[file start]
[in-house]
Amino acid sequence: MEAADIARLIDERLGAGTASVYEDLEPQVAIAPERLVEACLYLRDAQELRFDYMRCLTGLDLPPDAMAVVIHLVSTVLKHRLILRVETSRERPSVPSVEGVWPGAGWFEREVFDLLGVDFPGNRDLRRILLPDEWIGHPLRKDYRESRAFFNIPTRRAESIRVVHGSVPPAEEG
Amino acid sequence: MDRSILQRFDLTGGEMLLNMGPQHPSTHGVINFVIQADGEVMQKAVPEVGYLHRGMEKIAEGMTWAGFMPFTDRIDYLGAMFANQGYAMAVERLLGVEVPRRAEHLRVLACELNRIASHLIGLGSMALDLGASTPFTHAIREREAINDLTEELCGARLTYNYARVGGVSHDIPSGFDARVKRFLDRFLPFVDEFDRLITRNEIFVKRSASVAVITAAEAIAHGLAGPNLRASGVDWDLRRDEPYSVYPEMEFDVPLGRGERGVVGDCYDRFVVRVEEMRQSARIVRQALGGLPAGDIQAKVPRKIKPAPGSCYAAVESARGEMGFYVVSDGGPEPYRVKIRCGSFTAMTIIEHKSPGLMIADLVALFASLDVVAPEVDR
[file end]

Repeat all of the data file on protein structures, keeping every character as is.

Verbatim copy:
[in-house]
Amino acid sequence: MEAADIARLIDERLGAGTASVYEDLEPQVAIAPERLVEACLYLRDAQELRFDYMRCLTGLDLPPDAMAVVIHLVSTVLKHRLILRVETSRERPSVPSVEGVWPGAGWFEREVFDLLGVDFPGNRDLRRILLPDEWIGHPLRKDYRESRAFFNIPTRRAESIRVVHGSVPPAEEG
Amino acid sequence: MDRSILQRFDLTGGEMLLNMGPQHPSTHGVINFVIQADGEVMQKAVPEVGYLHRGMEKIAEGMTWAGFMPFTDRIDYLGAMFANQGYAMAVERLLGVEVPRRAEHLRVLACELNRIASHLIGLGSMALDLGASTPFTHAIREREAINDLTEELCGARLTYNYARVGGVSHDIPSGFDARVKRFLDRFLPFVDEFDRLITRNEIFVKRSASVAVITAAEAIAHGLAGPNLRASGVDWDLRRDEPYSVYPEMEFDVPLGRGERGVVGDCYDRFVVRVEEMRQSARIVRQALGGLPAGDIQAKVPRKIKPAPGSCYAAVESARGEMGFYVVSDGGPEPYRVKIRCGSFTAMTIIEHKSPGLMIADLVALFASLDVVAPEVDR